Have an urge to pass urine more often than usual? The technical name for your problem is frequent urination. Normally, the bladder stores urine until the time it is convenient to go to the toilet, usually four to six times a day. Needing to go more than that means that there might be an underlying health problem that requires attention.
Frequent urination can disrupt your daily routine, mess with your sleep, and can lead to serious health issues if left unchecked. It is important, therefore, to identify and get treatment as early as possible to prevent complications.
ICD 9 Urinary Frequency – 788.41
The ICD 9 code for urinary frequency is 788.41, which is a billable medical code used for diagnosis and reimbursement purposes.
However, since the ICD 10 code set has effectively replaced the ICD 9 from October 1, 2015, 788.41 can only be used for medical claims for cases with a date of service before this date. For cases after the date, use the equivalent ICD 10 code for Frequency of Micturition i.e. R35.0
- Benign prostatic hypertrophy (enlarged prostate)
- BPH w urinary frequency
- Increased frequency of urination
- Urinary frequency due to benign prostatic hypertrophy
For healthcare physicians and doctors, it is important to properly diagnose the symptoms, identify the underlying cause, provide proper treatment, and then document the process using the right ICD codes to help compile administrative data.
What is Frequent Urination?
Urination is a natural process through which our body gets rid of waste fluids, with the bladder playing a vital role in the process. The urine, which contains water, toxins, waste fluids, and uric acid, is stored in the bladder until it reaches a point of fullness and an urge to urinate.
Frequent urination can be defined as the urge or need to urinate more than 7 or 8 times in one day while drinking no more than 2 liters of water/fluid.
It is important to note here that frequent urination is not the same as urinary incontinence, where one has little control over the bladder. Instead, you just feel the need to visit the toilet more often. Frequency can occur alongside incontinence but are not the same.
Causes of Frequent Urination
Frequent urination can be a result of various problems including:
Enlarged prostate: An enlarged prostate can put pressure on the urethra, blocking the flow of urine. This causes the bladder to become irritated and contracts even when there is a small amount of urine present.
Diabetes: This is a very common cause of frequent urination. In fact, frequent urination is often an early symptom of diabetes. The body tries to get rid of unused glucose, resulting in more need to urinate.
Pregnancy: From the early stages of pregnancy, women feel an urge to urinate more often than usual. That is because the growing size of the uterus puts pressure on the bladder.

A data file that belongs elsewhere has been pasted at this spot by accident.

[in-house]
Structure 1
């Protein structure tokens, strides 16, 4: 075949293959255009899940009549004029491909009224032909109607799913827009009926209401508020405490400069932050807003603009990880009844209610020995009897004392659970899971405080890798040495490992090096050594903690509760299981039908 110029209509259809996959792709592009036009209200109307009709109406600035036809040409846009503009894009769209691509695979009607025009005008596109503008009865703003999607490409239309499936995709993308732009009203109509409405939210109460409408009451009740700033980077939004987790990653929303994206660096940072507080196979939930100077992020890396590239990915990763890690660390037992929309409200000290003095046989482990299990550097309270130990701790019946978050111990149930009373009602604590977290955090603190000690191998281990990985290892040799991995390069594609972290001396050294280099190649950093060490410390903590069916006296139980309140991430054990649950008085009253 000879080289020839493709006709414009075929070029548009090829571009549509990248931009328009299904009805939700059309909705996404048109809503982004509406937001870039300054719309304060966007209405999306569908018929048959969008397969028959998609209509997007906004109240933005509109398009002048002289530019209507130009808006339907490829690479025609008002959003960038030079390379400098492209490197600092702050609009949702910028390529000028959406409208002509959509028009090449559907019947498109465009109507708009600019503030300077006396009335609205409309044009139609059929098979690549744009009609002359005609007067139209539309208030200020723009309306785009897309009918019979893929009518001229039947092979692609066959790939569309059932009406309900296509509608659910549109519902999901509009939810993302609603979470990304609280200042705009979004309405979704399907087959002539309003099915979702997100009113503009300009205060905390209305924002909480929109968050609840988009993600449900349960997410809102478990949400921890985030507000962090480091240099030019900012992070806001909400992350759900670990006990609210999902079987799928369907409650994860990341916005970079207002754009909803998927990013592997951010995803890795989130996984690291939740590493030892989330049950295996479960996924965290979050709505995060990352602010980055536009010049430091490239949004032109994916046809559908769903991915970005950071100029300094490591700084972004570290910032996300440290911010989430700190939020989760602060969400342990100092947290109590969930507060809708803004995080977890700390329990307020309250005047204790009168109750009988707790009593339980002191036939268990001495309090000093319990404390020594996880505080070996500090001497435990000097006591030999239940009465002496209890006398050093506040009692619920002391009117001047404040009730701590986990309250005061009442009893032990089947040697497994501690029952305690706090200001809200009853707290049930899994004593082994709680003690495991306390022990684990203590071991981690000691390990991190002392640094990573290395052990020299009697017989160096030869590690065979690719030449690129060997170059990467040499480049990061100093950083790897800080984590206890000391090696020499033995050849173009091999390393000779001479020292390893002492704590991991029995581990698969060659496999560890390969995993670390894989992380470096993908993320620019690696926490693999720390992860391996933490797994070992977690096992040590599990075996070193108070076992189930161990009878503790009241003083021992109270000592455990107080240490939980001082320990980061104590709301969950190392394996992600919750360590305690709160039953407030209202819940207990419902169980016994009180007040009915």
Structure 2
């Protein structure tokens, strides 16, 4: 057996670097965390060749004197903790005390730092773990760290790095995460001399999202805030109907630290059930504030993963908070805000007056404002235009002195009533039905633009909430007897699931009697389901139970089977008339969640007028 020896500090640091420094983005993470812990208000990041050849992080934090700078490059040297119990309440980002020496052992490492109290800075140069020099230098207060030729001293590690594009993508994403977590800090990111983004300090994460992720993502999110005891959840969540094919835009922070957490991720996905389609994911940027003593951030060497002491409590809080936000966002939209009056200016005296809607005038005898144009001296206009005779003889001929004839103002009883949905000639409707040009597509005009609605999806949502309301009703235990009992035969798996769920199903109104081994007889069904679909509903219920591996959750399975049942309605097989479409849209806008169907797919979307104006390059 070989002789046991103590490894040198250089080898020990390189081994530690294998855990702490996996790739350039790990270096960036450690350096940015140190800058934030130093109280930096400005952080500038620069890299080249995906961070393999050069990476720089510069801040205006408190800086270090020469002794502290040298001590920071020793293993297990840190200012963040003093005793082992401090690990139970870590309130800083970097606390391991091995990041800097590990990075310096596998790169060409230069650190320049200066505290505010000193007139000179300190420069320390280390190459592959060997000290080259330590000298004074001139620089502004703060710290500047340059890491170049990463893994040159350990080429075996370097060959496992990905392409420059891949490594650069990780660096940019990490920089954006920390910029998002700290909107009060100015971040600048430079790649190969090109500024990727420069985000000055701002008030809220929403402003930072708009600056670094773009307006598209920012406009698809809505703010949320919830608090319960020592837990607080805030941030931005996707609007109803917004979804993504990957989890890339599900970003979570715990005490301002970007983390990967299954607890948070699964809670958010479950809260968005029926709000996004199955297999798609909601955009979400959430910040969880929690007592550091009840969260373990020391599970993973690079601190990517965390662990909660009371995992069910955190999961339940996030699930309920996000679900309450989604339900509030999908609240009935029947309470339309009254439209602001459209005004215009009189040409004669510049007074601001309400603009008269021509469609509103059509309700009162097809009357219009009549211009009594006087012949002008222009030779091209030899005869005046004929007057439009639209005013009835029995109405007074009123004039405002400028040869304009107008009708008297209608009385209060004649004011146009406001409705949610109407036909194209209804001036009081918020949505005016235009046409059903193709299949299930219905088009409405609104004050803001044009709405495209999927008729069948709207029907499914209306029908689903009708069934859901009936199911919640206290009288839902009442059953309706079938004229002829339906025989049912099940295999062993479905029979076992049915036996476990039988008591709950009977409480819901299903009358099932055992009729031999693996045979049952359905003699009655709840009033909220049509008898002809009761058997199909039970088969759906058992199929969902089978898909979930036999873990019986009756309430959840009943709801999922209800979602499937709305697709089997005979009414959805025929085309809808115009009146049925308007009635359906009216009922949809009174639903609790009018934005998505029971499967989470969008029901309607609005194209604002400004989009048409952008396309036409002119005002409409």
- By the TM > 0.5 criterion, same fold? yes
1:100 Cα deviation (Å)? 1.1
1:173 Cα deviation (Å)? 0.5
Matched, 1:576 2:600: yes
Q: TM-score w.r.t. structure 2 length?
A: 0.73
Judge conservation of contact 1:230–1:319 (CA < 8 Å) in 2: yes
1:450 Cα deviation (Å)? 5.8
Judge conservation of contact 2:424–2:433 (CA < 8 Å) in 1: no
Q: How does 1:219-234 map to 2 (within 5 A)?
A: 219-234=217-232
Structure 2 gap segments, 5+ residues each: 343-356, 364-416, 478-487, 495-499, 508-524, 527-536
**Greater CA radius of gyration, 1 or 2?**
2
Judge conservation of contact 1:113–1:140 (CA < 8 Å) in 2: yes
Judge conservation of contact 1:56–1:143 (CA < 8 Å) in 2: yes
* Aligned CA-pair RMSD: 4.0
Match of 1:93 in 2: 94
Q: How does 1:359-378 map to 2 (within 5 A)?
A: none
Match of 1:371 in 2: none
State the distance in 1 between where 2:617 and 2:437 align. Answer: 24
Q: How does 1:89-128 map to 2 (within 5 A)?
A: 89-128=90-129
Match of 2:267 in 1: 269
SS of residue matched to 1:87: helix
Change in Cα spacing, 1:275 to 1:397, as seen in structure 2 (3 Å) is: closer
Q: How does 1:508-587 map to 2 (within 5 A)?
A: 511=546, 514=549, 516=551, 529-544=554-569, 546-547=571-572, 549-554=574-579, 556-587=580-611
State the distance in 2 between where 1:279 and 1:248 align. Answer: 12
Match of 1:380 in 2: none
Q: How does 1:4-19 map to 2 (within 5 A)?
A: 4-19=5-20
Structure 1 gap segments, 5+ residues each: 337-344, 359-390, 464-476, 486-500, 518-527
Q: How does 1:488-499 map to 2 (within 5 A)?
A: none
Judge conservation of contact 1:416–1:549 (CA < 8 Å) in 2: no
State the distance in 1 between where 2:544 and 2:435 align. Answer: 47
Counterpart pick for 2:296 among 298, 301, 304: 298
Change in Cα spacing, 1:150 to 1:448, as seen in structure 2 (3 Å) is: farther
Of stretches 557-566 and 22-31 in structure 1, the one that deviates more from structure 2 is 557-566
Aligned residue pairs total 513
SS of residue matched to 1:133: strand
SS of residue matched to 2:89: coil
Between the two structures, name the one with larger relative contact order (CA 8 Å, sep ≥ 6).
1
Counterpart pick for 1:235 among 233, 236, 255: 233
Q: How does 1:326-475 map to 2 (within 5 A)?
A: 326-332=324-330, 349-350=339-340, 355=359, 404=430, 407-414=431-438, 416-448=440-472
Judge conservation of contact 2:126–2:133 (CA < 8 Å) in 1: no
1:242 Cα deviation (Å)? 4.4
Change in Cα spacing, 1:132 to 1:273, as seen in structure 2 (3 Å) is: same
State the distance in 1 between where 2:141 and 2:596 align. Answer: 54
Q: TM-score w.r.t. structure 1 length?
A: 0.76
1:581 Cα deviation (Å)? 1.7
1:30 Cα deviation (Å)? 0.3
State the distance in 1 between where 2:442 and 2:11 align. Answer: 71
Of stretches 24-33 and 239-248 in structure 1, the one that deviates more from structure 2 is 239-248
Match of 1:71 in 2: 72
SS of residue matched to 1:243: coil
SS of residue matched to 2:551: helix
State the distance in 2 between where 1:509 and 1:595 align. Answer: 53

Diagnosing the Cause of Frequent Urination
To diagnose the cause of frequent urination, your doctor will perform a physical exam and take a medical history, asking questions such as the following:
- Are you taking any medications?
- Are you experiencing other symptoms?
- Do you have the problem only during the day or also at night?
- Are you drinking more than usual?
- Is your urine darker or lighter than usual?
- Do you drink alcohol or caffeinated beverages?
After the physical exam, your doctor may suggest additional tests including:
Urinalysis: It is a microscopic examination of urine specimens to measure and detect the various compounds that are passed in the urine.
Blood tests: Routine blood tests can check for kidney function, electrolytes, and blood sugars.
Cystometry: This is an advanced test that measures the pressure inside the bladder. It is useful to check how well the bladder is performing.
Cystoscopy: A test that allows your doctor to look at the inside of the bladder and urethra using a thin, lighted instrument called a cystoscope.
Eating a balanced diet and maintaining an active lifestyle can help moderate the output of urine.
This may mean limiting alcohol and caffeine intake and cutting out foods that can irritate the bladder or act as a diuretic, such as chocolate, spicy foods, and artificial sweeteners.
Eating high-fiber foods can also help reduce constipation. This may indirectly improve urine flow through the urethra, as a constipated rectum can put pressure on the urinary bladder, the urethra, or both.
What Is The ICD 9?
The International Classification of Diseases, Ninth Revision, is the official system of identifying and assigning code to medical procedures and diagnoses in the US. Until recent years, the ICD-9 was used to classify and code mortality data from death certificates, which has now been effectively replaced by the ICD-10 code set.
The ICD-9-CM consists of:
- A tabular list containing a numerical list of the disease code numbers in tabular form;
- An alphabetical index to the disease entries; and
- A classification system for surgical, diagnostic, and therapeutic procedures (alphabetic index and tabular list).
ICD-9 codes are used in medical billing and coding to describe diseases, injuries, symptoms, and conditions. It consists of thousands of codes to describe medical services and procedures.
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